Jury convicts Stoystown man in drug case
By JUDY D.J. ELLICH email@example.com
Aug 19, 2016
It took less than two hours for a jury to return a guilty verdict on three counts of drug-related offenses Thursday evening against a 35-year-old Stoystown man.
Michael Kozuch III and Desiree Fleegle, 29, Central City, were charged with drug offenses after an incident June 25, 2015, at a Stonycreek Township convenience store and diner.
According to court documents, Kozuch delivered six stamp bags of heroin under a trash can for Fleegle to obtain while she was working at Coalfield Two along Route 30.
Fleegle’s charges were dismissed by a county judge on July 12. She was on the defense’s witness list, but she did not testify.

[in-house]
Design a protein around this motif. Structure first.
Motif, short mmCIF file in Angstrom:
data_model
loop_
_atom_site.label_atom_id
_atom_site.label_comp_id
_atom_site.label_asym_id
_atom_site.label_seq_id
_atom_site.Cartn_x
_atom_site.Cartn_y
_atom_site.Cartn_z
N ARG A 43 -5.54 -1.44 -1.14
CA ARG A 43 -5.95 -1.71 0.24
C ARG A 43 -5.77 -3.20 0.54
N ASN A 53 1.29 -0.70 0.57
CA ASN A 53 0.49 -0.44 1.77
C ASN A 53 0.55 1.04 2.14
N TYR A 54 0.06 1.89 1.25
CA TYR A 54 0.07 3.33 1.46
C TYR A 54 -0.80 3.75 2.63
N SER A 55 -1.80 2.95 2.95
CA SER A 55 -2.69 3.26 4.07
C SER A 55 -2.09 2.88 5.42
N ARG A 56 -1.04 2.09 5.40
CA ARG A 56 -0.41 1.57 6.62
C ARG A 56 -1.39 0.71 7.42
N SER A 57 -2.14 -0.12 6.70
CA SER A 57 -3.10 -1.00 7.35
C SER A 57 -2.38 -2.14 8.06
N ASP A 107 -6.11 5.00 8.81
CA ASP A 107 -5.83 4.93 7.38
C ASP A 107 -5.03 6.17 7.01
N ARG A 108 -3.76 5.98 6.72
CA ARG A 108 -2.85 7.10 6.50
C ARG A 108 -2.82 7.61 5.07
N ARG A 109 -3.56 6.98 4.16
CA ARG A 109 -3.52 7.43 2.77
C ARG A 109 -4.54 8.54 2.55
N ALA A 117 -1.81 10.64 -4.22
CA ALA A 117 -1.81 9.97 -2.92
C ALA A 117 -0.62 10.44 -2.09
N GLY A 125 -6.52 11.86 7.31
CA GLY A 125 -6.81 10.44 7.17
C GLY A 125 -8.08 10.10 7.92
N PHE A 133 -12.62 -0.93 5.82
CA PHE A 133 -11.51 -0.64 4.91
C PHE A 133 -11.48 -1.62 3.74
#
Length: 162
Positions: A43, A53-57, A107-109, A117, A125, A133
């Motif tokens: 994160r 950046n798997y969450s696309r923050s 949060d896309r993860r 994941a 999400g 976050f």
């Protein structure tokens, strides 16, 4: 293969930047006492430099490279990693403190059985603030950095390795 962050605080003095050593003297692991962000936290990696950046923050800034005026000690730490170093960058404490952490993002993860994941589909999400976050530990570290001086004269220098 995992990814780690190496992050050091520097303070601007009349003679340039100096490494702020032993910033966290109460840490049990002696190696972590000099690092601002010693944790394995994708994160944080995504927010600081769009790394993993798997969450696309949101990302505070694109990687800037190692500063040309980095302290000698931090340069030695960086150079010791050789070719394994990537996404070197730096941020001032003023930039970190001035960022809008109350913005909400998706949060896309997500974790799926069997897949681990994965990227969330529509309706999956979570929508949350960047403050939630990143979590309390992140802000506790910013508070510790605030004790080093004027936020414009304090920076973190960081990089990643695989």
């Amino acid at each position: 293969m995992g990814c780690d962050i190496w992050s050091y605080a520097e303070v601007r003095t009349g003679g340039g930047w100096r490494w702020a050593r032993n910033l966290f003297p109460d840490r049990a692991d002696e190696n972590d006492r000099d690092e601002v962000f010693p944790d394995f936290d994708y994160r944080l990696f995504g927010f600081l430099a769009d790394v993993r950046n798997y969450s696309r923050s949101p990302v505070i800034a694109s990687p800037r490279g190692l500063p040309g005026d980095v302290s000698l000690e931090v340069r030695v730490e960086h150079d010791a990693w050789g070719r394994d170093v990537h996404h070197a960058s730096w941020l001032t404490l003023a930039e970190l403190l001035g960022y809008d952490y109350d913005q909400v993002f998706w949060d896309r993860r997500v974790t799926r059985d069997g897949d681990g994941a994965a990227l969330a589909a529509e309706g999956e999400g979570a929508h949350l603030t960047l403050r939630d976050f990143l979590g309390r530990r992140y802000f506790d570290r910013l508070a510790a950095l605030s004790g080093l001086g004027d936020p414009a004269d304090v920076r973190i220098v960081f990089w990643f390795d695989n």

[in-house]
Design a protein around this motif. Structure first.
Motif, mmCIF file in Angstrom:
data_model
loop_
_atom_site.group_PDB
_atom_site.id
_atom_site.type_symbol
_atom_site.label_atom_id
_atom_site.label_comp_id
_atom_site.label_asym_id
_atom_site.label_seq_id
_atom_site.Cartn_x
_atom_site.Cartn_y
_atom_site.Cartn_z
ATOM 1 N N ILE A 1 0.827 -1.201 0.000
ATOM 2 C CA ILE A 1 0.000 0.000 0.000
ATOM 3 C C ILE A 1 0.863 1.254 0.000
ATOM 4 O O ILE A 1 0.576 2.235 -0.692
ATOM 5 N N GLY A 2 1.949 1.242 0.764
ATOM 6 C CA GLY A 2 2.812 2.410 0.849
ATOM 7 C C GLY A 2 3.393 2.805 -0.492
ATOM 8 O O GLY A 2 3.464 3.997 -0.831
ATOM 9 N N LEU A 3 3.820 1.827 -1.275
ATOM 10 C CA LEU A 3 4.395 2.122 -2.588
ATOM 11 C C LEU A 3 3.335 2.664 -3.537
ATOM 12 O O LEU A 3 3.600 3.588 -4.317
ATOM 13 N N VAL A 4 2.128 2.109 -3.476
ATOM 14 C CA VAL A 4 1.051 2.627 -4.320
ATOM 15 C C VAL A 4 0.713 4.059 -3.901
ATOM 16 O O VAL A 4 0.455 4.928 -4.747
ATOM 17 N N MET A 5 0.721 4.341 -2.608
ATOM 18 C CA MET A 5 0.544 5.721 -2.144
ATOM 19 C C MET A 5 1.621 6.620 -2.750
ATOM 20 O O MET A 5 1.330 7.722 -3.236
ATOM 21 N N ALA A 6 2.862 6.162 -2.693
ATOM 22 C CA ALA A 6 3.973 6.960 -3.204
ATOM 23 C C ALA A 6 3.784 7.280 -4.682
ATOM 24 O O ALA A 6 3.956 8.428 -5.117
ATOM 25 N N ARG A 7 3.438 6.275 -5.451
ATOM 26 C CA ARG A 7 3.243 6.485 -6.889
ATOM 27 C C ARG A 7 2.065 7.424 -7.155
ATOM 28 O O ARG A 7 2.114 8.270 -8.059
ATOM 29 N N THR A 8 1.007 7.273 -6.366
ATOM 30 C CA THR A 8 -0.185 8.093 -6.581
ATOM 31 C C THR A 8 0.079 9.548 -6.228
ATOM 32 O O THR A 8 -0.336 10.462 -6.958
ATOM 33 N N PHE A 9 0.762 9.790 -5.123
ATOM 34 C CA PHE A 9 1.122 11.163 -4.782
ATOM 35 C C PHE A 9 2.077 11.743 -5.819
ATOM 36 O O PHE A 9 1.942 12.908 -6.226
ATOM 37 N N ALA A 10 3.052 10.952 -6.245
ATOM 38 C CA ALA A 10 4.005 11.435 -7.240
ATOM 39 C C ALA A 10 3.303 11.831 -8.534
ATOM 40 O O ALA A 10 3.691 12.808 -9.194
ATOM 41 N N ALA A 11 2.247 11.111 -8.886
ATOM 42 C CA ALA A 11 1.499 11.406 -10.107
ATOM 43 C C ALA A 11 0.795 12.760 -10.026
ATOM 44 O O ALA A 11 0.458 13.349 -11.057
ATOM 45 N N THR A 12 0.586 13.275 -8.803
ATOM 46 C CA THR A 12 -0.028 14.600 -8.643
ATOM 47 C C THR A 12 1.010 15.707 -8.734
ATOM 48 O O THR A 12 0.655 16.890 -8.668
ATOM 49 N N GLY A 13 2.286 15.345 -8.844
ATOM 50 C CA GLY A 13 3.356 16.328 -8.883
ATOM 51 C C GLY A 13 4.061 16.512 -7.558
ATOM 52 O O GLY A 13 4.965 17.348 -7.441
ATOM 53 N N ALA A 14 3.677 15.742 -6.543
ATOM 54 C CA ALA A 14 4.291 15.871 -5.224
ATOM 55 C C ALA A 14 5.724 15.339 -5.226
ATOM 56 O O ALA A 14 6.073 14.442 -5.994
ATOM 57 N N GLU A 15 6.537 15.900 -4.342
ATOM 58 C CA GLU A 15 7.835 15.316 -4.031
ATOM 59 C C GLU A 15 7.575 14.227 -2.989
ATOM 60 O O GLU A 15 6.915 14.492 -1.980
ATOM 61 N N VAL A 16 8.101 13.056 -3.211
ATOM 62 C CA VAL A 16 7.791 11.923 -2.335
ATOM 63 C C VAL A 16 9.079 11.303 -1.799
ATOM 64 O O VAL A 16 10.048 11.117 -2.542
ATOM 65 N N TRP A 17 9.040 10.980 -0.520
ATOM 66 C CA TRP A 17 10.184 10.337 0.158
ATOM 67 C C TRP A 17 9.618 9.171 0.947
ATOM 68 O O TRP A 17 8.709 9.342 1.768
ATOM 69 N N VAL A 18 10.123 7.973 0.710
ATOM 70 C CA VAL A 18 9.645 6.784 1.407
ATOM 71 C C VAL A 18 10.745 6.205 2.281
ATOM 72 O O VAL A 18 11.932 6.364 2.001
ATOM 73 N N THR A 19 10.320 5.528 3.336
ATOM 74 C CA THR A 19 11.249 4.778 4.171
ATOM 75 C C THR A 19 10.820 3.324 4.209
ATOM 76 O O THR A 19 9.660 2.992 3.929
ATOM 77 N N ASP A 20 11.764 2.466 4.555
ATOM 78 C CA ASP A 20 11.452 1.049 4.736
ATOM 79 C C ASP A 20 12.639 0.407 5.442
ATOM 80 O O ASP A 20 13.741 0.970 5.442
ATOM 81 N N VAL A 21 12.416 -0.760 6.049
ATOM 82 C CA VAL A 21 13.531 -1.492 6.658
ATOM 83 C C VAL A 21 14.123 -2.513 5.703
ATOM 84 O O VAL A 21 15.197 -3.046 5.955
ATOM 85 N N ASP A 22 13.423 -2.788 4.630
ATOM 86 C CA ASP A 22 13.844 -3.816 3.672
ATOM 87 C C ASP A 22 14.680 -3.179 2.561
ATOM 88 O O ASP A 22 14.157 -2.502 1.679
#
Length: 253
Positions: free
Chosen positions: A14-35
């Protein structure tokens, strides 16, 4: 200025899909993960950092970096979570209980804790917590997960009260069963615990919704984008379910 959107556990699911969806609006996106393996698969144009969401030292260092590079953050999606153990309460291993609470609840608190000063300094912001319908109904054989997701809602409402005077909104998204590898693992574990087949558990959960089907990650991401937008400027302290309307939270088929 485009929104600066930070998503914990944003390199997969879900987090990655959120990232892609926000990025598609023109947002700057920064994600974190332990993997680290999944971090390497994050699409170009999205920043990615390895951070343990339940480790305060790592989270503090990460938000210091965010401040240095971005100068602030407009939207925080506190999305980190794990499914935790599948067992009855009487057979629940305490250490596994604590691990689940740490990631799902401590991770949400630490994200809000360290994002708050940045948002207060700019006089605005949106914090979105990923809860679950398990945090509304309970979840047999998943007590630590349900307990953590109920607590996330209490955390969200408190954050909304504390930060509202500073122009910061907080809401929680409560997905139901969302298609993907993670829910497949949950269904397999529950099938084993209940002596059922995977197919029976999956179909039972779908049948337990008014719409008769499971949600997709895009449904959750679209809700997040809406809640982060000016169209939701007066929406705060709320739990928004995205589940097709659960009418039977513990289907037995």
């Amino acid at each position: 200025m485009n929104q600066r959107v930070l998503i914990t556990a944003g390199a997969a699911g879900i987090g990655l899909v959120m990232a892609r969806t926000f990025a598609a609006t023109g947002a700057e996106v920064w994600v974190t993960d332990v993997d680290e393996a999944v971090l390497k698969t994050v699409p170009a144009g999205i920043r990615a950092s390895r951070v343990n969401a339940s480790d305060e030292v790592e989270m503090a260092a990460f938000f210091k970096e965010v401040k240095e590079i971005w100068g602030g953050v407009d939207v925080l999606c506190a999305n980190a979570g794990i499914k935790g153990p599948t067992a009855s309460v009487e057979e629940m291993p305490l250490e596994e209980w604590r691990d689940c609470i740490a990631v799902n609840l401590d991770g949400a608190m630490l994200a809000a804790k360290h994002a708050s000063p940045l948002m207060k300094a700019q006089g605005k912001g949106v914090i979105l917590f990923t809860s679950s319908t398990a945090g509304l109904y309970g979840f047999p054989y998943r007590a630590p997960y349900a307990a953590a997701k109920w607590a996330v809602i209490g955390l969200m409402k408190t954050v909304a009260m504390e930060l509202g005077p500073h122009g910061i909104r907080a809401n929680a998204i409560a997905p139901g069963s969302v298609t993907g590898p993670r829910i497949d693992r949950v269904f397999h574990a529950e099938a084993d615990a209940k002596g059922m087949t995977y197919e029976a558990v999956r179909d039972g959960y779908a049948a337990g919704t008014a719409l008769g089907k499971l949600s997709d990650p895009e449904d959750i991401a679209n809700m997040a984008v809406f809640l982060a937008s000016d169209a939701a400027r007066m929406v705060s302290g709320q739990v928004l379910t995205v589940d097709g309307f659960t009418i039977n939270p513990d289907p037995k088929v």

Police said Kozuch went into the store and said something to Fleegle before entering the men’s restroom. Fleegle then paced around the restroom as though waiting, police said.
Store owner Jeffrey Miele told police that on several occasions he witnessed Fleegle enter the restroom after Kozuch was seen in the store.
On June 25, 2015, Miele entered the restroom after Kozuch left and found heroin under a trash can, according to police. When he confronted Fleegle, she fled the store.
A jury found Kozuch guilty of felony manufacture, delivery or possession with intent to manufacture or deliver, intentional possession of a controlled substance by a person not registered and drug paraphernalia possession.
He is free on a $5,000 bond. His sentencing is scheduled for Oct. 31 before President Judge D. Gregory Geary, who presided over the one-day trial.
Assistant District Attorney Michael Carbonara presented the prosecution’s case and Somerset attorney Marc Valentine put on the defense.